“Also, he didn’t want the 25 year old wine drinker to be scared off by yet another French label. He’s very concerned about making wine accessible”

The food began to arrive from our affable service almost as quickly as Bourigault was uncorking the wines. Sea Scallops Gratinee with its seductive toppings of caramelized fennel and onions and mussel cream turned out to be the perfect accompaniment to the Hob Nob as were the classic Escargots De Bourgogne. The Country Style Pate’ also served as the perfect culinary springboard to launch into the more intense wines, such as the Morgon and Fleurie, with its intense color and floral aroma. This wine really gives your palate a workout with its robust taste and virile tannins. The arrival of Steak Roquefort, served in the celebrated Steak Frites style that Paris is famous for, featured crispy hand cut fries and a delectable blue cheese sauce. Yann had the Steak Béarnaise, with its classic béarnaise sauce.

“Whenever you see the little flower on the label, you can be assured that this is a wine that Georges Duboeuf has blended himself,” Yann said proudly.

“The other wines are from smaller chateau that we have a partnership with. We make our labs available to them to the all-important testing that is such a huge part of winemaking and we offer any support or answer any questions that they might have. Very few of them really ask for our help though, because many of these families have been making wine for hundreds of years and it shows in the quality of the wines,” he explained.

The 2009 Morgon, with its aroma of violet flowers on the nose and its deep fruit taste of black currants and raspberries made each bite of the steak a treat. This wine has a lot of finesse and character and really stood up to the strong flavor of the Roquefort cheese, while helping to round out the deep minerality of the steak.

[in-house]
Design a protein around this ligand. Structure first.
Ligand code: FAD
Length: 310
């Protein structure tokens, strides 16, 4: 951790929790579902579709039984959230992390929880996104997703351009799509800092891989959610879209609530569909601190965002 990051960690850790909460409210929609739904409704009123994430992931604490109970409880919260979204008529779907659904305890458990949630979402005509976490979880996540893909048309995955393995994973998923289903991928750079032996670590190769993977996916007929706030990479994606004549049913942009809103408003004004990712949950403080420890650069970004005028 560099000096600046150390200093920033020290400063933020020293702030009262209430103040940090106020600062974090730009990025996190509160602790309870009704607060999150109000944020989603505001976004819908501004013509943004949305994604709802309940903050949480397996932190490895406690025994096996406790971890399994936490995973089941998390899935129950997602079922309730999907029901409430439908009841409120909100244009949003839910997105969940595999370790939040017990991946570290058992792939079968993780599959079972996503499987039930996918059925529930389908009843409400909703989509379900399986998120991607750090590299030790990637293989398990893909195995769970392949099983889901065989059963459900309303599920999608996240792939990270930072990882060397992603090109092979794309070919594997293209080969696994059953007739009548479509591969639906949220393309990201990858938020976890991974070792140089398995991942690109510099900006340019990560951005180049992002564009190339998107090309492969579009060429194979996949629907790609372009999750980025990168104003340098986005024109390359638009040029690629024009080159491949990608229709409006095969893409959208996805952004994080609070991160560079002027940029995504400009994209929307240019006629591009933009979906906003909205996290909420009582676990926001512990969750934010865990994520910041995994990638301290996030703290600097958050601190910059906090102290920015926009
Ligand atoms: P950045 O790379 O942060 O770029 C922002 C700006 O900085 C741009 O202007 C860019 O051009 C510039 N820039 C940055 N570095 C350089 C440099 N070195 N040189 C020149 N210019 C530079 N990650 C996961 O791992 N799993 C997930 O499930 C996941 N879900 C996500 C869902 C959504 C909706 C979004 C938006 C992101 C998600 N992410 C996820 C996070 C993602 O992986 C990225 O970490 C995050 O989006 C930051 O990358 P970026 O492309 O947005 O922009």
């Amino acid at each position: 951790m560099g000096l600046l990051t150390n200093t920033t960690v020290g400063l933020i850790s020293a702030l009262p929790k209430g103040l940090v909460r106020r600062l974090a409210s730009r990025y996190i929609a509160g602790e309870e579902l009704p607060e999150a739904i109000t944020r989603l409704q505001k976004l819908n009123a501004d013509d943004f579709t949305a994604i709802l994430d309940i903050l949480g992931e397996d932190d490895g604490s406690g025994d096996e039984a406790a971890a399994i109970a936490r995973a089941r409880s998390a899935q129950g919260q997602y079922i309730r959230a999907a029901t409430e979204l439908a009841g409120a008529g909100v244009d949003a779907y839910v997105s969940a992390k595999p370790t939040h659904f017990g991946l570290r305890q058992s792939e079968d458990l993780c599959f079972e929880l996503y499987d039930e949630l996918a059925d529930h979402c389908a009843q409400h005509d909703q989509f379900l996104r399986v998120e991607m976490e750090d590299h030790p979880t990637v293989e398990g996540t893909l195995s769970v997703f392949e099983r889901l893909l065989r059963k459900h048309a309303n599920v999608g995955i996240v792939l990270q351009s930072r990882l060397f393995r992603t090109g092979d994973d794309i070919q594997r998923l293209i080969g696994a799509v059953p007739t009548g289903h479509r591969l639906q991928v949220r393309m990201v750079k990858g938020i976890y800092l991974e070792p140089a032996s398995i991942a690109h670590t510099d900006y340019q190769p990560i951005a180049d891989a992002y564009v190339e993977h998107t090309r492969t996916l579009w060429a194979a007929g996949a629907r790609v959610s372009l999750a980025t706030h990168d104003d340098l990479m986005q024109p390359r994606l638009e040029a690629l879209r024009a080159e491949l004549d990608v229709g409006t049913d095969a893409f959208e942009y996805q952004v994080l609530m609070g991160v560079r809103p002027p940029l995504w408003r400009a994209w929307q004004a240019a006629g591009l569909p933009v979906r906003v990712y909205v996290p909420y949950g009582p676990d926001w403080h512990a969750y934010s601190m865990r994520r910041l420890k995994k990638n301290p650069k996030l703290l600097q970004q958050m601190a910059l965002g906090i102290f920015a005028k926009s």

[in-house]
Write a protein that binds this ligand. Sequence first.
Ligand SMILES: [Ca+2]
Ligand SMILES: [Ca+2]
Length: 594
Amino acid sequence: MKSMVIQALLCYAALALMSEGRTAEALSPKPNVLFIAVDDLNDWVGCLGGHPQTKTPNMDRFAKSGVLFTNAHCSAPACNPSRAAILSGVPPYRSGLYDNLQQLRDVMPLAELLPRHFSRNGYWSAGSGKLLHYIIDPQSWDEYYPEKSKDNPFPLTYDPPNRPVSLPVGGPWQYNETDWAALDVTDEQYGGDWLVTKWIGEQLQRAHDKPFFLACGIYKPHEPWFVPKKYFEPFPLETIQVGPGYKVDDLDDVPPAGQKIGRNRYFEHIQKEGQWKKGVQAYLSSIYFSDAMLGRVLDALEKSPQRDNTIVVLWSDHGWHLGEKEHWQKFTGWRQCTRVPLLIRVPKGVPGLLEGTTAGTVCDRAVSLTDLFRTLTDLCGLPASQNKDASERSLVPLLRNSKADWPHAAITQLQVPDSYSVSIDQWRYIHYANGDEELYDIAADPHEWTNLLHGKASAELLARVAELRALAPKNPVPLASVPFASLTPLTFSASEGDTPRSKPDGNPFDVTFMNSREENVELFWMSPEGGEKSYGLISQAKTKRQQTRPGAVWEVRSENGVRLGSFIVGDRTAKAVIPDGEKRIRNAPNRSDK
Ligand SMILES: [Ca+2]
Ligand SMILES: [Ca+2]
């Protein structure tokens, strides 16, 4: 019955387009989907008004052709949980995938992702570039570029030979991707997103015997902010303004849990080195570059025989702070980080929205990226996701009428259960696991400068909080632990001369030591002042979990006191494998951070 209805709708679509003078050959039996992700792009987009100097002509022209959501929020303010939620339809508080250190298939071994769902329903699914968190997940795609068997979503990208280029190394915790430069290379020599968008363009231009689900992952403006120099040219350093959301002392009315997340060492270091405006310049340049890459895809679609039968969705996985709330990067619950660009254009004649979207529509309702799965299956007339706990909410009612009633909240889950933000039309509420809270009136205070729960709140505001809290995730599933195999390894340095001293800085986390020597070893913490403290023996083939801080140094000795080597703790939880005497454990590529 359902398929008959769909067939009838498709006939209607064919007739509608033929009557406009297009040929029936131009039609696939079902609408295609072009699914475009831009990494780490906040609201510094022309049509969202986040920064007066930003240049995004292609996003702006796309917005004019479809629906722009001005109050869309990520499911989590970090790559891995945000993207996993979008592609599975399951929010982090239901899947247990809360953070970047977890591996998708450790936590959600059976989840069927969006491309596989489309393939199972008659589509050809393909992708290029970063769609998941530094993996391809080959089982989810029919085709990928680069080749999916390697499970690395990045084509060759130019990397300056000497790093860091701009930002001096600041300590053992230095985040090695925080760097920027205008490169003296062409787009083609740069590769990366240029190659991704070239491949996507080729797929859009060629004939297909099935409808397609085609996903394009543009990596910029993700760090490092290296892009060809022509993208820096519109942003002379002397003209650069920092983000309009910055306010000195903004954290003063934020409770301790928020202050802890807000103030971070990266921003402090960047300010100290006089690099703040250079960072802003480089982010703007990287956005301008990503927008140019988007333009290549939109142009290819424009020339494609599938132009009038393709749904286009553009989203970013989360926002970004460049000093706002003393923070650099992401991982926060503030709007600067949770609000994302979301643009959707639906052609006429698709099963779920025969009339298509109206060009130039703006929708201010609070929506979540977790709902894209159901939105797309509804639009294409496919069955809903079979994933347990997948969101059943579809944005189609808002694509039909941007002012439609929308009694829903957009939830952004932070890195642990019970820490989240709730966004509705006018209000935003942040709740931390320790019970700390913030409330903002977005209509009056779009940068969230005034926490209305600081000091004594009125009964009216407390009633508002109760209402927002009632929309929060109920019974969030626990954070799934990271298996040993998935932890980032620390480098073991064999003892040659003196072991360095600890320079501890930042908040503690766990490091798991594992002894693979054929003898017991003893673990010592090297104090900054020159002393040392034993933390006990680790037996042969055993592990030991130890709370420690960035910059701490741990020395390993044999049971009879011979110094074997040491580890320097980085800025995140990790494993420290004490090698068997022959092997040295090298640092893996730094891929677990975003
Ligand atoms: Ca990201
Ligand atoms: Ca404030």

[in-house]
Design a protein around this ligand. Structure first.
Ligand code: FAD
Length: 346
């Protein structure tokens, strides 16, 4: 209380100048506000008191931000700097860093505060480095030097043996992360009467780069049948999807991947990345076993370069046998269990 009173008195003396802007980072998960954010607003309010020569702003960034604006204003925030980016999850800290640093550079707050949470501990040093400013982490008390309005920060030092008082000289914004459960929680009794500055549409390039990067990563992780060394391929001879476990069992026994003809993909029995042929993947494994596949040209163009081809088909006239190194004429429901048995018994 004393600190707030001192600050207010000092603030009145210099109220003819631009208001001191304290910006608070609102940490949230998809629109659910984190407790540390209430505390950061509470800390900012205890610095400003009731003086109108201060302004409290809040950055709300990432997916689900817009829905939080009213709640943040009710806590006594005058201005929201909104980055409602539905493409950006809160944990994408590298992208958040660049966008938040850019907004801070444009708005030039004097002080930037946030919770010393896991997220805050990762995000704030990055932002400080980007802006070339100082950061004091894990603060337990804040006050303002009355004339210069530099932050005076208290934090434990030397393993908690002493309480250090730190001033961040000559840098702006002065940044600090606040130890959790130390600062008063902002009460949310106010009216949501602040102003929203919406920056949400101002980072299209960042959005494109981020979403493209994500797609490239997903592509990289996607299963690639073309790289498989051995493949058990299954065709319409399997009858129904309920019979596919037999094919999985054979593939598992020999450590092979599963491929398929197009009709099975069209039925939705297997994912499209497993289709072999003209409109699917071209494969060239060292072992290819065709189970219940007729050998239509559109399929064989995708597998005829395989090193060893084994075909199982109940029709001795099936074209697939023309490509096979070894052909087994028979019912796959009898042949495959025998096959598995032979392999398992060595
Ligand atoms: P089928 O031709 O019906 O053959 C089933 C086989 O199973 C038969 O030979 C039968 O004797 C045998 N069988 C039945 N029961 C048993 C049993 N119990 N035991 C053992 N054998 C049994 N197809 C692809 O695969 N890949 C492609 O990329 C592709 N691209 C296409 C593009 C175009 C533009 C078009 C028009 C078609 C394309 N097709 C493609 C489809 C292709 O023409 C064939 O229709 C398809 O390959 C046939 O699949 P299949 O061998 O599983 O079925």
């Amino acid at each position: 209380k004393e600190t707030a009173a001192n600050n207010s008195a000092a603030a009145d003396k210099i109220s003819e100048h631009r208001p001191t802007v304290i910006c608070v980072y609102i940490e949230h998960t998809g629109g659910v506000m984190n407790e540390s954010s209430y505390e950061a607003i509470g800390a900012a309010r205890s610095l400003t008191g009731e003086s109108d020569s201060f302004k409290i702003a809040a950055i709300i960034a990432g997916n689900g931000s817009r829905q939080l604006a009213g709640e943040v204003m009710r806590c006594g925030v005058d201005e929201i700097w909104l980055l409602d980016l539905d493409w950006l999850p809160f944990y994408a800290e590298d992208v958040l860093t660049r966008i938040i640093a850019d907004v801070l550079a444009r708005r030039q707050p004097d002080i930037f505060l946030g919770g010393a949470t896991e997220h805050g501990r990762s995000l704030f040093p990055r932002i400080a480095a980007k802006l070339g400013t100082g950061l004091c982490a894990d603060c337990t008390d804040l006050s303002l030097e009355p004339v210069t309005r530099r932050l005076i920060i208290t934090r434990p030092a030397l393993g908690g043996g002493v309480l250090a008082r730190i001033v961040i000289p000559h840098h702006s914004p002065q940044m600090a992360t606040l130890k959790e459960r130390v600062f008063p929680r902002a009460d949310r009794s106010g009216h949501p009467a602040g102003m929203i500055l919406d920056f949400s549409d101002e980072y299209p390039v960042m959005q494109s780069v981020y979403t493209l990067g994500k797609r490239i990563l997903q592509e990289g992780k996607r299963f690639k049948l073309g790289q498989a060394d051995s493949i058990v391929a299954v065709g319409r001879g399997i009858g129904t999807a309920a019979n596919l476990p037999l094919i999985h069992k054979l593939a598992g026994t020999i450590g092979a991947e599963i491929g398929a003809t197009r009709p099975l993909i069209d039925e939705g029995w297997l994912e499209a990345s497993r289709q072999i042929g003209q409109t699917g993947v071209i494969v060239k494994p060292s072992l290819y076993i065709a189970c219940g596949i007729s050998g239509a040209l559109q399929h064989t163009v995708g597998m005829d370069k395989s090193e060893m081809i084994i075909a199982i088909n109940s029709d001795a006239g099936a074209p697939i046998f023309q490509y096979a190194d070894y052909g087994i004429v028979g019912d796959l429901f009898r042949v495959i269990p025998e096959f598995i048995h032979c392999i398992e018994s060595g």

Julienas 2009, Chateau des Capitans is a lovely complex wine that really expresses the “terroir,” or the soil from which it comes. Hints of flowers, spices and liquorices lurk beneath the flavors of mocha and vanilla. This is a deeply aromatic wine that should be decanted well before serving. It showed with all its glory alongside the excellent cuisine of Mon Ami Gabi.

An assortment of desserts, including a classic Apple Tarte Tatin, Warm Flourless Chocolate Case with opulent chocolate sauce and whipped cream, a Profiterole Trio of vanilla, chocolate and raspberry and vanilla sorbet provided ample opportunity to sample the rest of the wines, the Brouilly, with its hint of kirsch and the ever-popular Beaujolais-Villages, another of Duboeuf’s ‘little flower’ creations and an absolute steal at under $10.

A cup of Cappuccino and it was off into the warm night air with a ‘to go’ serving of “Chocolate Decadence” in tow and the warm glow of the Beaujolais enveloping my spirits on the taxi ride home. I can’t wait to make an in-person visit to Lyon, to shake hands with Mr. Duboeuf himself. With his dedication to perfection and his hands-on approach to winemaking, he’s become my new hero.